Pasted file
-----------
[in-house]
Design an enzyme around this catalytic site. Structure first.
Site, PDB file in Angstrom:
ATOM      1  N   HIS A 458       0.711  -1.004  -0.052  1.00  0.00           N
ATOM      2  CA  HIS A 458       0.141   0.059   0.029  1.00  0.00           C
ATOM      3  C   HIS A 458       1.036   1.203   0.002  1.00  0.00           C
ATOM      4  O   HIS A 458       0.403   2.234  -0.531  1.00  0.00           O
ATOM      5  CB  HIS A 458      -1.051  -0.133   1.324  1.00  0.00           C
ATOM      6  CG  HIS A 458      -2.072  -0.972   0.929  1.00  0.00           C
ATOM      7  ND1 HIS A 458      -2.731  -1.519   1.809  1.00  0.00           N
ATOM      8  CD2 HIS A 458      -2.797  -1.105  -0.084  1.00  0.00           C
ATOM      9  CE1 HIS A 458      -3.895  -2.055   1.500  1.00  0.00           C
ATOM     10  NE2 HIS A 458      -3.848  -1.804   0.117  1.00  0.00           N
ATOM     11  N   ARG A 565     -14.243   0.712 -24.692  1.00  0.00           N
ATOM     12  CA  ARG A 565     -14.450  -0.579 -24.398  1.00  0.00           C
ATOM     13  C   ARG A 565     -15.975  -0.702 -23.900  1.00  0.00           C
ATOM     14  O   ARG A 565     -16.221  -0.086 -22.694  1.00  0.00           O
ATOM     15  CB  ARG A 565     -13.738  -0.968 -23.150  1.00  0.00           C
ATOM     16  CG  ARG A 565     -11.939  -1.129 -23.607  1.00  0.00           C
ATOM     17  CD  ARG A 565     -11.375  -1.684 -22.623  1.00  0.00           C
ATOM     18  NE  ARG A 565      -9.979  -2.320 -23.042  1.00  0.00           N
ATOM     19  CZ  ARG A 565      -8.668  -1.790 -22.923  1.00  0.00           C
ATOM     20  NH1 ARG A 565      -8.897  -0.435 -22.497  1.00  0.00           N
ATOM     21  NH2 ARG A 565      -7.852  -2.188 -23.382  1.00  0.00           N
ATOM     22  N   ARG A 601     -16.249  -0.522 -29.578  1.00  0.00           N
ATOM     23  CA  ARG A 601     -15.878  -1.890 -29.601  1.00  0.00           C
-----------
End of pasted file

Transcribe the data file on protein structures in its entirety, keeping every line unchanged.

[in-house]
Design an enzyme around this catalytic site. Structure first.
Site, PDB file in Angstrom:
ATOM      1  N   HIS A 458       0.711  -1.004  -0.052  1.00  0.00           N
ATOM      2  CA  HIS A 458       0.141   0.059   0.029  1.00  0.00           C
ATOM      3  C   HIS A 458       1.036   1.203   0.002  1.00  0.00           C
ATOM      4  O   HIS A 458       0.403   2.234  -0.531  1.00  0.00           O
ATOM      5  CB  HIS A 458      -1.051  -0.133   1.324  1.00  0.00           C
ATOM      6  CG  HIS A 458      -2.072  -0.972   0.929  1.00  0.00           C
ATOM      7  ND1 HIS A 458      -2.731  -1.519   1.809  1.00  0.00           N
ATOM      8  CD2 HIS A 458      -2.797  -1.105  -0.084  1.00  0.00           C
ATOM      9  CE1 HIS A 458      -3.895  -2.055   1.500  1.00  0.00           C
ATOM     10  NE2 HIS A 458      -3.848  -1.804   0.117  1.00  0.00           N
ATOM     11  N   ARG A 565     -14.243   0.712 -24.692  1.00  0.00           N
ATOM     12  CA  ARG A 565     -14.450  -0.579 -24.398  1.00  0.00           C
ATOM     13  C   ARG A 565     -15.975  -0.702 -23.900  1.00  0.00           C
ATOM     14  O   ARG A 565     -16.221  -0.086 -22.694  1.00  0.00           O
ATOM     15  CB  ARG A 565     -13.738  -0.968 -23.150  1.00  0.00           C
ATOM     16  CG  ARG A 565     -11.939  -1.129 -23.607  1.00  0.00           C
ATOM     17  CD  ARG A 565     -11.375  -1.684 -22.623  1.00  0.00           C
ATOM     18  NE  ARG A 565      -9.979  -2.320 -23.042  1.00  0.00           N
ATOM     19  CZ  ARG A 565      -8.668  -1.790 -22.923  1.00  0.00           C
ATOM     20  NH1 ARG A 565      -8.897  -0.435 -22.497  1.00  0.00           N
ATOM     21  NH2 ARG A 565      -7.852  -2.188 -23.382  1.00  0.00           N
ATOM     22  N   ARG A 601     -16.249  -0.522 -29.578  1.00  0.00           N
ATOM     23  CA  ARG A 601     -15.878  -1.890 -29.601  1.00  0.00           C